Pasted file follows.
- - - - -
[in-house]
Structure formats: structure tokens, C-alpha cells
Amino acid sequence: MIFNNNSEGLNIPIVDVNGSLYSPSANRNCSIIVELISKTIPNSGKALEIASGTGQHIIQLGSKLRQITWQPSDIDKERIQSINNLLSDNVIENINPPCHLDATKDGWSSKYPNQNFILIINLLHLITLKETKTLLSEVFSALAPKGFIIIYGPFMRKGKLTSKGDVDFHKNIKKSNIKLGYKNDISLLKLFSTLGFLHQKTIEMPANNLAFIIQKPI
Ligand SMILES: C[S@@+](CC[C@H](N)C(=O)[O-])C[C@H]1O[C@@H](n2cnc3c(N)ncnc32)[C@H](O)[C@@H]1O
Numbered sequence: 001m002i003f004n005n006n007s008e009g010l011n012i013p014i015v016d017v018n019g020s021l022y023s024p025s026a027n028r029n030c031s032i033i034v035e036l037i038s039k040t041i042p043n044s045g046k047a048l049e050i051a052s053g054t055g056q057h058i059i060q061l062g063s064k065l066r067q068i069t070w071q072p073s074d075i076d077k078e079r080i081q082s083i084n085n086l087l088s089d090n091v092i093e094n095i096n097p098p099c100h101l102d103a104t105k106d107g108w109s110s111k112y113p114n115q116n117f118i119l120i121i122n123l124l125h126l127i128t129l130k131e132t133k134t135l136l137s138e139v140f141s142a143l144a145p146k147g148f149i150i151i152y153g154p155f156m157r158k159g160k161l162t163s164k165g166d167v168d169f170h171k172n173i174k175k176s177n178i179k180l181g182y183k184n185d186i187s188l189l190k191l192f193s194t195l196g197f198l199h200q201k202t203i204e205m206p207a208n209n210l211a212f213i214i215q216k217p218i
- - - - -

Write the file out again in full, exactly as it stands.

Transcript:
[in-house]
Structure formats: structure tokens, C-alpha cells
Amino acid sequence: MIFNNNSEGLNIPIVDVNGSLYSPSANRNCSIIVELISKTIPNSGKALEIASGTGQHIIQLGSKLRQITWQPSDIDKERIQSINNLLSDNVIENINPPCHLDATKDGWSSKYPNQNFILIINLLHLITLKETKTLLSEVFSALAPKGFIIIYGPFMRKGKLTSKGDVDFHKNIKKSNIKLGYKNDISLLKLFSTLGFLHQKTIEMPANNLAFIIQKPI
Ligand SMILES: C[S@@+](CC[C@H](N)C(=O)[O-])C[C@H]1O[C@@H](n2cnc3c(N)ncnc32)[C@H](O)[C@@H]1O
Numbered sequence: 001m002i003f004n005n006n007s008e009g010l011n012i013p014i015v016d017v018n019g020s021l022y023s024p025s026a027n028r029n030c031s032i033i034v035e036l037i038s039k040t041i042p043n044s045g046k047a048l049e050i051a052s053g054t055g056q057h058i059i060q061l062g063s064k065l066r067q068i069t070w071q072p073s074d075i076d077k078e079r080i081q082s083i084n085n086l087l088s089d090n091v092i093e094n095i096n097p098p099c100h101l102d103a104t105k106d107g108w109s110s111k112y113p114n115q116n117f118i119l120i121i122n123l124l125h126l127i128t129l130k131e132t133k134t135l136l137s138e139v140f141s142a143l144a145p146k147g148f149i150i151i152y153g154p155f156m157r158k159g160k161l162t163s164k165g166d167v168d169f170h171k172n173i174k175k176s177n178i179k180l181g182y183k184n185d186i187s188l189l190k191l192f193s194t195l196g197f198l199h200q201k202t203i204e205m206p207a208n209n210l211a212f213i214i215q216k217p218i